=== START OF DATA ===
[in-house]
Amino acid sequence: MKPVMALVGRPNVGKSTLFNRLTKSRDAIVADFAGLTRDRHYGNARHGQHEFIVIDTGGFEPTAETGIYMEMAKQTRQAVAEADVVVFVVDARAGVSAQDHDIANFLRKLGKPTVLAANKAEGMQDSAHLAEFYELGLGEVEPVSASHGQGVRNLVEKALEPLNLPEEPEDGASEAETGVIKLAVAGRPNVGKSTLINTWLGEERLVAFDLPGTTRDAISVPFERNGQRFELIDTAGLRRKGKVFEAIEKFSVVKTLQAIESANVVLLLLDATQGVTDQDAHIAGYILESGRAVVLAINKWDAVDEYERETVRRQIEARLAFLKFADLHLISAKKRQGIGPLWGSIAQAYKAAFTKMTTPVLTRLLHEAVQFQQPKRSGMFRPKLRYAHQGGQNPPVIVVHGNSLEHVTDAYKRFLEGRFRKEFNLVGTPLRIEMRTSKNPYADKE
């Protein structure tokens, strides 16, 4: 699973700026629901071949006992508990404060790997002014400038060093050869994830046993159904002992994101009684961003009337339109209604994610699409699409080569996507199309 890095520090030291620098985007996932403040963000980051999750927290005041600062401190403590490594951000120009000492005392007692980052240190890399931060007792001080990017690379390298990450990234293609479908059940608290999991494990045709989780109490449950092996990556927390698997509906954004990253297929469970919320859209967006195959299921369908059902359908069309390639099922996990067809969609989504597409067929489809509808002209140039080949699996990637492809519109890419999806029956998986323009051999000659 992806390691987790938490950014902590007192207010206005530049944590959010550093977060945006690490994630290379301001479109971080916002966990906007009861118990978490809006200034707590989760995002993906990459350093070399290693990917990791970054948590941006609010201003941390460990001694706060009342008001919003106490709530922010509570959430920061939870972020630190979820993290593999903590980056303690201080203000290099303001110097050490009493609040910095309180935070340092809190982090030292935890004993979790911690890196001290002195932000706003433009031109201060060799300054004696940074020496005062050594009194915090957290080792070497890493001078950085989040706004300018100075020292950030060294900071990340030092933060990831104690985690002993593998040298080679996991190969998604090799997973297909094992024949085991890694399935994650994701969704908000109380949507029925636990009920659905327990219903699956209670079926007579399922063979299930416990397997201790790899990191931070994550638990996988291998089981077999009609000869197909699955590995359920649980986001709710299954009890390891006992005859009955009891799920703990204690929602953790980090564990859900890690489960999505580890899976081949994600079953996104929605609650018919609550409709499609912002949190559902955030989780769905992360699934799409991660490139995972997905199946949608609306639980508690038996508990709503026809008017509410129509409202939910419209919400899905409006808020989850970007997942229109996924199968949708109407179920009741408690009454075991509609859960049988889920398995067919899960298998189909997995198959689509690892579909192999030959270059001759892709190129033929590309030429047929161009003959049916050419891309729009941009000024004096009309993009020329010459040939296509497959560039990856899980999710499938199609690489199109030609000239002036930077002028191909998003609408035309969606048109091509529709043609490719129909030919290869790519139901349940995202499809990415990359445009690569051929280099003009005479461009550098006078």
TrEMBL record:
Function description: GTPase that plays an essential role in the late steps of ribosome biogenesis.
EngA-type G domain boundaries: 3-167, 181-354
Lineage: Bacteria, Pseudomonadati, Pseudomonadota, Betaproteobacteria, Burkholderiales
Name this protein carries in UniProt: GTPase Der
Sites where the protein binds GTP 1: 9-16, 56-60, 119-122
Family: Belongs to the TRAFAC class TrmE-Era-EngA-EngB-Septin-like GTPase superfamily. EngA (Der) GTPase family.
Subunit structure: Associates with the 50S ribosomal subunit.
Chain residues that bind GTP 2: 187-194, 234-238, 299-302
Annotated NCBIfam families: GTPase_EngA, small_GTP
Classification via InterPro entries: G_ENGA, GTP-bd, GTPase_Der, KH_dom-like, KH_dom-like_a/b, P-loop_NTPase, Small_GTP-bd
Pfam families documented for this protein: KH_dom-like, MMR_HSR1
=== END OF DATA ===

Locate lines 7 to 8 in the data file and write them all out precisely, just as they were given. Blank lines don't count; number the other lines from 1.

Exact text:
Lineage: Bacteria, Pseudomonadati, Pseudomonadota, Betaproteobacteria, Burkholderiales
Name this protein carries in UniProt: GTPase Der